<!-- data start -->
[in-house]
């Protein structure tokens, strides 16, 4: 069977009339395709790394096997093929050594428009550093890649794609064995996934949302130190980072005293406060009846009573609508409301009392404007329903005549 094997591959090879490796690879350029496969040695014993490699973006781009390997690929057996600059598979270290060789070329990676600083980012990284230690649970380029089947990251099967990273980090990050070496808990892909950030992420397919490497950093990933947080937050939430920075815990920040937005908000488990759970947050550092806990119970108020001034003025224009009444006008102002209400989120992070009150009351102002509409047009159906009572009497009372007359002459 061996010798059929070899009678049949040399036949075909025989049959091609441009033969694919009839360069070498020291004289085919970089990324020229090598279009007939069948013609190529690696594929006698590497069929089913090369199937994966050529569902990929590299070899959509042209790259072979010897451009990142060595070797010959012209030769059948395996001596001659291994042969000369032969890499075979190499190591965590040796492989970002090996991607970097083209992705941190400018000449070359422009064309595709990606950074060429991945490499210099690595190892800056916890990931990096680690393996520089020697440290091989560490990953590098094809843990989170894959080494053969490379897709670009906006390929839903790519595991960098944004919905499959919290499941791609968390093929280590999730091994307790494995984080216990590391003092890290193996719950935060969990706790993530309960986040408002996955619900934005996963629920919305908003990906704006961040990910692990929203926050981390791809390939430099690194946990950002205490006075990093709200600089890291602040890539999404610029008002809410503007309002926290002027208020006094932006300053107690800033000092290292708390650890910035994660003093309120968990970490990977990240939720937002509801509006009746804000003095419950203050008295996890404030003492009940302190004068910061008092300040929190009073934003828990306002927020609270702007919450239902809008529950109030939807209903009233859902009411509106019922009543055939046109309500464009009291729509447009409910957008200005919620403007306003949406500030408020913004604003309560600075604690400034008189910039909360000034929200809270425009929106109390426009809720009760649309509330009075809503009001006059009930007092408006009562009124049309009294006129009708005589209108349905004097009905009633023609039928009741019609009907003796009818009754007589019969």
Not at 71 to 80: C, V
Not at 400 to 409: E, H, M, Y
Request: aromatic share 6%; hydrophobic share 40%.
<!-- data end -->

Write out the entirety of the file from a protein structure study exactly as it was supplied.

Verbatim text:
[in-house]
């Protein structure tokens, strides 16, 4: 069977009339395709790394096997093929050594428009550093890649794609064995996934949302130190980072005293406060009846009573609508409301009392404007329903005549 094997591959090879490796690879350029496969040695014993490699973006781009390997690929057996600059598979270290060789070329990676600083980012990284230690649970380029089947990251099967990273980090990050070496808990892909950030992420397919490497950093990933947080937050939430920075815990920040937005908000488990759970947050550092806990119970108020001034003025224009009444006008102002209400989120992070009150009351102002509409047009159906009572009497009372007359002459 061996010798059929070899009678049949040399036949075909025989049959091609441009033969694919009839360069070498020291004289085919970089990324020229090598279009007939069948013609190529690696594929006698590497069929089913090369199937994966050529569902990929590299070899959509042209790259072979010897451009990142060595070797010959012209030769059948395996001596001659291994042969000369032969890499075979190499190591965590040796492989970002090996991607970097083209992705941190400018000449070359422009064309595709990606950074060429991945490499210099690595190892800056916890990931990096680690393996520089020697440290091989560490990953590098094809843990989170894959080494053969490379897709670009906006390929839903790519595991960098944004919905499959919290499941791609968390093929280590999730091994307790494995984080216990590391003092890290193996719950935060969990706790993530309960986040408002996955619900934005996963629920919305908003990906704006961040990910692990929203926050981390791809390939430099690194946990950002205490006075990093709200600089890291602040890539999404610029008002809410503007309002926290002027208020006094932006300053107690800033000092290292708390650890910035994660003093309120968990970490990977990240939720937002509801509006009746804000003095419950203050008295996890404030003492009940302190004068910061008092300040929190009073934003828990306002927020609270702007919450239902809008529950109030939807209903009233859902009411509106019922009543055939046109309500464009009291729509447009409910957008200005919620403007306003949406500030408020913004604003309560600075604690400034008189910039909360000034929200809270425009929106109390426009809720009760649309509330009075809503009001006059009930007092408006009562009124049309009294006129009708005589209108349905004097009905009633023609039928009741019609009907003796009818009754007589019969």
Not at 71 to 80: C, V
Not at 400 to 409: E, H, M, Y
Request: aromatic share 6%; hydrophobic share 40%.